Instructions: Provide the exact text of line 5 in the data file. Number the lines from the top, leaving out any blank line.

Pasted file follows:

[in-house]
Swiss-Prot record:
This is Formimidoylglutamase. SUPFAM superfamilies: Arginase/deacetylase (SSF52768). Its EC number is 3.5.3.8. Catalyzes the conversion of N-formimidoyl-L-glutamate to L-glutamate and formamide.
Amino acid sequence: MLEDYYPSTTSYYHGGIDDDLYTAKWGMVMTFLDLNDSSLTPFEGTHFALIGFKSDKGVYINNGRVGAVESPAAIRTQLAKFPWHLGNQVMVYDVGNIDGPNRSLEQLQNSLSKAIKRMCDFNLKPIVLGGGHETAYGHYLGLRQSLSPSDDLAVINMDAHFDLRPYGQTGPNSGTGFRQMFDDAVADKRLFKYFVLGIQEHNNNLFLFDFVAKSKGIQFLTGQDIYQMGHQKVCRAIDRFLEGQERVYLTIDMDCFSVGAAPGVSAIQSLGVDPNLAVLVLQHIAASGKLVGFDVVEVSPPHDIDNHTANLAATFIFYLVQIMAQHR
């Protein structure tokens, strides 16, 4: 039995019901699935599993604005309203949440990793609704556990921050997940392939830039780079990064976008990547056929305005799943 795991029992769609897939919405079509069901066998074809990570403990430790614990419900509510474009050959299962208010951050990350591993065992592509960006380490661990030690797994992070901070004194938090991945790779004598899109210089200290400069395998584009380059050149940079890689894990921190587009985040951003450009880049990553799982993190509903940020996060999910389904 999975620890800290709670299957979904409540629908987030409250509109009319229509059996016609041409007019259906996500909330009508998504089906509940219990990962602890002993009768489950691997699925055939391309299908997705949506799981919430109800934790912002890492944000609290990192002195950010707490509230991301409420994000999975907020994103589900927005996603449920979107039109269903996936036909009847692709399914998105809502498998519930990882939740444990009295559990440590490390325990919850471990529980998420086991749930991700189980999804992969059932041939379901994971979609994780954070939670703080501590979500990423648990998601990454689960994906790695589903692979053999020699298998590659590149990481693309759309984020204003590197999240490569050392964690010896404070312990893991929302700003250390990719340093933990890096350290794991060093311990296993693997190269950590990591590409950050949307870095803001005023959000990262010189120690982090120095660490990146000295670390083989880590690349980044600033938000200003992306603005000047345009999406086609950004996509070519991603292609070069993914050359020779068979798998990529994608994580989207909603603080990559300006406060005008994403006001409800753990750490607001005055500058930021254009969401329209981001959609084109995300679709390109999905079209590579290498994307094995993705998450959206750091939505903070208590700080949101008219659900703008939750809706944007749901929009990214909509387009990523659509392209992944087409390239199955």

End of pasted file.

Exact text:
């Protein structure tokens, strides 16, 4: 039995019901699935599993604005309203949440990793609704556990921050997940392939830039780079990064976008990547056929305005799943 795991029992769609897939919405079509069901066998074809990570403990430790614990419900509510474009050959299962208010951050990350591993065992592509960006380490661990030690797994992070901070004194938090991945790779004598899109210089200290400069395998584009380059050149940079890689894990921190587009985040951003450009880049990553799982993190509903940020996060999910389904 999975620890800290709670299957979904409540629908987030409250509109009319229509059996016609041409007019259906996500909330009508998504089906509940219990990962602890002993009768489950691997699925055939391309299908997705949506799981919430109800934790912002890492944000609290990192002195950010707490509230991301409420994000999975907020994103589900927005996603449920979107039109269903996936036909009847692709399914998105809502498998519930990882939740444990009295559990440590490390325990919850471990529980998420086991749930991700189980999804992969059932041939379901994971979609994780954070939670703080501590979500990423648990998601990454689960994906790695589903692979053999020699298998590659590149990481693309759309984020204003590197999240490569050392964690010896404070312990893991929302700003250390990719340093933990890096350290794991060093311990296993693997190269950590990591590409950050949307870095803001005023959000990262010189120690982090120095660490990146000295670390083989880590690349980044600033938000200003992306603005000047345009999406086609950004996509070519991603292609070069993914050359020779068979798998990529994608994580989207909603603080990559300006406060005008994403006001409800753990750490607001005055500058930021254009969401329209981001959609084109995300679709390109999905079209590579290498994307094995993705998450959206750091939505903070208590700080949101008219659900703008939750809706944007749901929009990214909509387009990523659509392209992944087409390239199955």